Putin’s Plot: The Divided States of America
In the aftermath of the 2016 election, pundits were quick to claim Vladimir Putin helped elect Donald Trump. “Russia: The ‘cloud’ over the Trump White House,” proclaimed the BBC.
The truth, however, is much more sinister. As we begin to get a complete picture of Russian involvement in last year’s election, it is becoming clear: the Russians were playing both sides.
Their goal was not to elect Trump, but to make America, and now potentially other nations, turn inwards by fostering political infighting.
In fact, in what has perhaps become almost routine after every major event over the last 12 months, online Russian propagandists quickly got involved. This was seen after Charlottesville and now after Nevada.
In the case of Charlottesville, The Alliance for Securing Democracy, a project under the German Marshall Fund that tracks efforts to undermine democratic governments, found a collection of 600 Twitter accounts known to be linked to Russian influence, including openly pro-Russian users, accounts that take part in Russian disinformation campaigns and automated bot accounts that parrot Russian messaging.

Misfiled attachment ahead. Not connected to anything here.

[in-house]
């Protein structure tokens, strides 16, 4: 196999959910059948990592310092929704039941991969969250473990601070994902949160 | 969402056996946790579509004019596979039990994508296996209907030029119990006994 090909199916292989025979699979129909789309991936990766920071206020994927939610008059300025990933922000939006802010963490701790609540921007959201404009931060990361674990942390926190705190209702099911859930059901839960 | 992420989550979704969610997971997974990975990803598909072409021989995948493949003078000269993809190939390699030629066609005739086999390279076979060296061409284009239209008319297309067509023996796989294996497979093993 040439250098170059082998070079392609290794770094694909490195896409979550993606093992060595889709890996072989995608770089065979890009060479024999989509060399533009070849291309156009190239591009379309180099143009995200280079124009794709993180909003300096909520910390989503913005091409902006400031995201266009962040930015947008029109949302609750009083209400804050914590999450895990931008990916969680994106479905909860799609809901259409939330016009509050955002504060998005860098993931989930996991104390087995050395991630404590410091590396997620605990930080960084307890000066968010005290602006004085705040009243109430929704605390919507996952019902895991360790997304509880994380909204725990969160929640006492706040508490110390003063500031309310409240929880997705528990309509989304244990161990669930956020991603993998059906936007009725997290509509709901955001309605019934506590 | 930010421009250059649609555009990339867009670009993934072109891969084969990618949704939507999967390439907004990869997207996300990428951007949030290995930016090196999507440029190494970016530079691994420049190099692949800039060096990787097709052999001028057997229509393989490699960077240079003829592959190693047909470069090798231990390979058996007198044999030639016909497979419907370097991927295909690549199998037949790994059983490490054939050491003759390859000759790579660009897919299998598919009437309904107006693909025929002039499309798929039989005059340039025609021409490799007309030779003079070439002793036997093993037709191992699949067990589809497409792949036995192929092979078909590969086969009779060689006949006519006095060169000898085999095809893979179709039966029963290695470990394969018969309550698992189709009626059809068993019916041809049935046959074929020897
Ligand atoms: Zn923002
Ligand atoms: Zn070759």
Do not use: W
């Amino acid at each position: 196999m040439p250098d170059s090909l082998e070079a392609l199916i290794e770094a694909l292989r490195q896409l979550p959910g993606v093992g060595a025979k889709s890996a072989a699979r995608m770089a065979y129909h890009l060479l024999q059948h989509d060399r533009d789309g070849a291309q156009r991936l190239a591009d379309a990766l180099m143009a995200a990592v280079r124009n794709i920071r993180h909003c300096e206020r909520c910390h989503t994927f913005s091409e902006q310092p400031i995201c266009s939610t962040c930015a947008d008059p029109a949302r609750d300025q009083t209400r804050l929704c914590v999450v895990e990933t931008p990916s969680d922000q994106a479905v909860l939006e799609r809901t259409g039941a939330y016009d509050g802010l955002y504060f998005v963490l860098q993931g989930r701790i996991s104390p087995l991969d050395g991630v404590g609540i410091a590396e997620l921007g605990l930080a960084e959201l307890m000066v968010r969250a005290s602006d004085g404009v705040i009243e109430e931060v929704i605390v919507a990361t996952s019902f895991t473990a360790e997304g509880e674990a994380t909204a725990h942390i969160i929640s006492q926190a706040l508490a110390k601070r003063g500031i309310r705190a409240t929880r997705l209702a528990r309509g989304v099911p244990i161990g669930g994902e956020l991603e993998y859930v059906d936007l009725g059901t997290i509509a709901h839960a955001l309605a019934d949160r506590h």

They found these accounts busy at work in the days after Charlottesville, most frequenly using hashtags such as “#PhoenixRally,” “#Antifa,” and “#MAGA.”
Furthermore, just days ago, VICE found a likely Russian run Antifa account after the user forgot to turn geotagging off in their post.
And, in the case of the most deadly mass shooting in US history, which took place last night in Nevada, an ANTIFA group in Australia claimed responsibility for the shooting. Likely a victim of the same Russian hacks.
Real Money, Real Ads
Outside of a frightening media army, these accounts’ use of money could be the most frightening. Spending money on ads directly allows propaganda to reach citizens everywhere they go, without fear of being fact-checked.
Last month, following an internal review, Facebook revealed it had discovered 450 Russian accounts that spent about $100,000 on ads pertaining to divisive issues during the U.S. presidential campaign.
Facebook now plans to turn over more than 3,000 Russia-linked ads to congressional investigators Monday, according to a Facebook official.
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